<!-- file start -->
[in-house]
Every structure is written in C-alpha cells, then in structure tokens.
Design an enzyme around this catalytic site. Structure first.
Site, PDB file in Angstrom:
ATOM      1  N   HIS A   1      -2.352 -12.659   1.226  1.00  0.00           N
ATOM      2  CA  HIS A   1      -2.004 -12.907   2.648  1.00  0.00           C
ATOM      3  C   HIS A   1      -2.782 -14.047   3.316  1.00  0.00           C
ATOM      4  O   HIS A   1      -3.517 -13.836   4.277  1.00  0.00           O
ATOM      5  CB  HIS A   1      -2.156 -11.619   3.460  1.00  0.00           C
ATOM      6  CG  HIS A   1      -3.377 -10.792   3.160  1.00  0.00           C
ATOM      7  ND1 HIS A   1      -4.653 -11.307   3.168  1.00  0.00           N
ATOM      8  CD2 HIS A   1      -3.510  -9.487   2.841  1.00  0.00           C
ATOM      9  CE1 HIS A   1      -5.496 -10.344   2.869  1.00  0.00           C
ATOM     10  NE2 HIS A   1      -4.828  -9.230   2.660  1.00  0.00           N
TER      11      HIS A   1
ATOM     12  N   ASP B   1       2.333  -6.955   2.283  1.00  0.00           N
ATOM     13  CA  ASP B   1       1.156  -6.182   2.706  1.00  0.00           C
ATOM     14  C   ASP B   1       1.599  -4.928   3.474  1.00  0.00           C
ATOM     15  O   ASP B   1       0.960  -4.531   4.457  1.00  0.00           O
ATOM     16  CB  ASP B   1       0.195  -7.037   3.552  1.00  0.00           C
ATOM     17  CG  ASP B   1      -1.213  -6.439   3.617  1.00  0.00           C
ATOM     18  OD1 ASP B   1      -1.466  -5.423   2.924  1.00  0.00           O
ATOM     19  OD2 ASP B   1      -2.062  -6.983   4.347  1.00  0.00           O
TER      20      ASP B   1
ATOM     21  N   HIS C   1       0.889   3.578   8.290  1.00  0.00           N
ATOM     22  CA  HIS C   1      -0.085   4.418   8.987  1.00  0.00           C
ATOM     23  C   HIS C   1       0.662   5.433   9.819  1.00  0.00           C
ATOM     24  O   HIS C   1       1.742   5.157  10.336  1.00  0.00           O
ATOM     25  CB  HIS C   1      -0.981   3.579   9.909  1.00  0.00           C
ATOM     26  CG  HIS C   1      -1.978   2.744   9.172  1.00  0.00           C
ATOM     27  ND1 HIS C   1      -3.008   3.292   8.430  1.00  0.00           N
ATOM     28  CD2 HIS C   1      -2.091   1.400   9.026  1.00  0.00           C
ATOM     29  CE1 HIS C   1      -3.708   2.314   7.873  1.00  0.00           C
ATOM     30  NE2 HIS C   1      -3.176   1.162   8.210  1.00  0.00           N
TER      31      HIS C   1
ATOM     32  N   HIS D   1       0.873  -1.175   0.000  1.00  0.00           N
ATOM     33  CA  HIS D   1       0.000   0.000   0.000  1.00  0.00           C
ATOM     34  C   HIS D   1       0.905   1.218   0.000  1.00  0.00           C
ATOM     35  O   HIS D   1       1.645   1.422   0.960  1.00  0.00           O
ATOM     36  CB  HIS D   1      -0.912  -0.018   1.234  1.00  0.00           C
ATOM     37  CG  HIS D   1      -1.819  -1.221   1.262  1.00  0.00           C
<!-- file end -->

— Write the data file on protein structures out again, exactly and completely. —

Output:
[in-house]
Every structure is written in C-alpha cells, then in structure tokens.
Design an enzyme around this catalytic site. Structure first.
Site, PDB file in Angstrom:
ATOM      1  N   HIS A   1      -2.352 -12.659   1.226  1.00  0.00           N
ATOM      2  CA  HIS A   1      -2.004 -12.907   2.648  1.00  0.00           C
ATOM      3  C   HIS A   1      -2.782 -14.047   3.316  1.00  0.00           C
ATOM      4  O   HIS A   1      -3.517 -13.836   4.277  1.00  0.00           O
ATOM      5  CB  HIS A   1      -2.156 -11.619   3.460  1.00  0.00           C
ATOM      6  CG  HIS A   1      -3.377 -10.792   3.160  1.00  0.00           C
ATOM      7  ND1 HIS A   1      -4.653 -11.307   3.168  1.00  0.00           N
ATOM      8  CD2 HIS A   1      -3.510  -9.487   2.841  1.00  0.00           C
ATOM      9  CE1 HIS A   1      -5.496 -10.344   2.869  1.00  0.00           C
ATOM     10  NE2 HIS A   1      -4.828  -9.230   2.660  1.00  0.00           N
TER      11      HIS A   1
ATOM     12  N   ASP B   1       2.333  -6.955   2.283  1.00  0.00           N
ATOM     13  CA  ASP B   1       1.156  -6.182   2.706  1.00  0.00           C
ATOM     14  C   ASP B   1       1.599  -4.928   3.474  1.00  0.00           C
ATOM     15  O   ASP B   1       0.960  -4.531   4.457  1.00  0.00           O
ATOM     16  CB  ASP B   1       0.195  -7.037   3.552  1.00  0.00           C
ATOM     17  CG  ASP B   1      -1.213  -6.439   3.617  1.00  0.00           C
ATOM     18  OD1 ASP B   1      -1.466  -5.423   2.924  1.00  0.00           O
ATOM     19  OD2 ASP B   1      -2.062  -6.983   4.347  1.00  0.00           O
TER      20      ASP B   1
ATOM     21  N   HIS C   1       0.889   3.578   8.290  1.00  0.00           N
ATOM     22  CA  HIS C   1      -0.085   4.418   8.987  1.00  0.00           C
ATOM     23  C   HIS C   1       0.662   5.433   9.819  1.00  0.00           C
ATOM     24  O   HIS C   1       1.742   5.157  10.336  1.00  0.00           O
ATOM     25  CB  HIS C   1      -0.981   3.579   9.909  1.00  0.00           C
ATOM     26  CG  HIS C   1      -1.978   2.744   9.172  1.00  0.00           C
ATOM     27  ND1 HIS C   1      -3.008   3.292   8.430  1.00  0.00           N
ATOM     28  CD2 HIS C   1      -2.091   1.400   9.026  1.00  0.00           C
ATOM     29  CE1 HIS C   1      -3.708   2.314   7.873  1.00  0.00           C
ATOM     30  NE2 HIS C   1      -3.176   1.162   8.210  1.00  0.00           N
TER      31      HIS C   1
ATOM     32  N   HIS D   1       0.873  -1.175   0.000  1.00  0.00           N
ATOM     33  CA  HIS D   1       0.000   0.000   0.000  1.00  0.00           C
ATOM     34  C   HIS D   1       0.905   1.218   0.000  1.00  0.00           C
ATOM     35  O   HIS D   1       1.645   1.422   0.960  1.00  0.00           O
ATOM     36  CB  HIS D   1      -0.912  -0.018   1.234  1.00  0.00           C
ATOM     37  CG  HIS D   1      -1.819  -1.221   1.262  1.00  0.00           C